Industrial design company, Amigo and Amigo, has created its third successive Vivid installation at this year’s festival.
Located in First Fleet Park and built in conjunction with engineering partner S1T2, Affinity is a visual representation of the inner workings of the human brain.
With support from Vivid technology partner Intel, the group used a LED lighting and Intel Galileo boards to create an interactive display using over 56 colours, 114 capacitive sensors and 4200 meters of LED strip lighting.
The work was also supported by Alzheimer’s Australia and designed to raise public awareness about Alzheimer’s. This was a very personal matter for S1T2 managing director, Chris Panzetta, who's grandmother had recently been diagnosed with the disease.
Amigo and Amigo managing partner, Simone Chua, spent four months in China working with LED manufacturer, OnLED as part of the project.
The process involved resourcing and producing lighting components while collaborating with the team in Australia. Chua explained the complexity behind the installation.
“We have 70 balls in total and about 48 arms. There are 19 Intel Galileo boards which is the intelligence inside the sculpture that send messages to the main computer when people touch the sculpture,” she said.
“OnLED provided all the engineering support in terms of the lighting, they designed the lighting and wiring scheme. Everything is hidden within the sculpture, we only have one plug in point."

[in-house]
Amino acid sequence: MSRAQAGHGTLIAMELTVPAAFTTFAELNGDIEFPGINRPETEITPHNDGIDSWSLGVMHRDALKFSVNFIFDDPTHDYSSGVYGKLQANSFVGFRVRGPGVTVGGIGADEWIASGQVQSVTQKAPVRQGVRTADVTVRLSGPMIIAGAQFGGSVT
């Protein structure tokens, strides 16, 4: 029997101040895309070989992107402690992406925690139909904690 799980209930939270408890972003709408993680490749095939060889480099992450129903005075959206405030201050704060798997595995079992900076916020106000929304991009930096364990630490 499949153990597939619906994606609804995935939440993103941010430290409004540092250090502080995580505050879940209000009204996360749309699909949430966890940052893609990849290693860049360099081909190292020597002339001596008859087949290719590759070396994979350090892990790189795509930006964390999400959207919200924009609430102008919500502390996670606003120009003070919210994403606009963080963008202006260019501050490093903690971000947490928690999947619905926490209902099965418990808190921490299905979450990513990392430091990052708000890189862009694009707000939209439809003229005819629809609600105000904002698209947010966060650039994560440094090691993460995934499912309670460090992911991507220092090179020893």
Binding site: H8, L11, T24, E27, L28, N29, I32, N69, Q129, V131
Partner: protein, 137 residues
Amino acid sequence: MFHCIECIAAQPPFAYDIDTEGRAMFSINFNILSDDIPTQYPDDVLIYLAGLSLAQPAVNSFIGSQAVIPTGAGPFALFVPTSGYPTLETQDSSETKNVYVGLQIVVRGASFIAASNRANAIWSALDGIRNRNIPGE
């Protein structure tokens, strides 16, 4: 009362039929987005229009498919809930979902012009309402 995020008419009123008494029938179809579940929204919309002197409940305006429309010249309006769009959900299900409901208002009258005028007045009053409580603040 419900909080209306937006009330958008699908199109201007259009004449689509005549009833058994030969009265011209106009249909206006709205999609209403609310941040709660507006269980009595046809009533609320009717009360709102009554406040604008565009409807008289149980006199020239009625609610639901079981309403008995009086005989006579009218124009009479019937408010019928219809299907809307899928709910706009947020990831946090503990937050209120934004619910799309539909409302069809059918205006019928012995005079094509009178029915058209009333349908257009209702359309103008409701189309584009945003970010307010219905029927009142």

S1T2's Panzetta explained how the technology works.Read more: Kogan releases 14-inch Windows laptop for $359
“There are six sensors on each ball. As you accumulate people working on the ball, the colours cycle through,” he said.
“Each number of inputs has a corresponding colour and it’s different on each ball and each ball has sounds and colours to represent memories.
“The idea is that you want to spread your thoughts around the network, the more hands you have, the stronger weighting is given to your colour and it takes over more of the network.”
Amigo and Amigo managing partner, Renzo B. Larriviere, said the work was inspired by the complexity and the connectivity of the human brain.
“We wanted to make something on a big scale to make it an immersive experience for the public,” he said.
“The key to working with new technologies is knowing their limitations, working to their strengths and not pushing the limitations too much, said Panzetta.
“It’s a chance to express yourself more with a project like this. A lot of the time, when you are working to a client’s brief, you’re dealing with different agendas but this is much more of a creative experiment.”
Chua explained that working on Vivid projects was great from an artist’s standpoint due to the freedom they are allowed.
“You submit your idea and then they leave you alone until you bring it to Vivid. You very much run your own show,” she said.
“For us it is a great chance to see how people interact with our work in real time,” said Larriviere.
Bones in 2013 and Ray in 2014 were the previous Vivid projects Amigo and Amigo created, the latter in conjunction with S1T2. This is the third project the two groups collaborated on.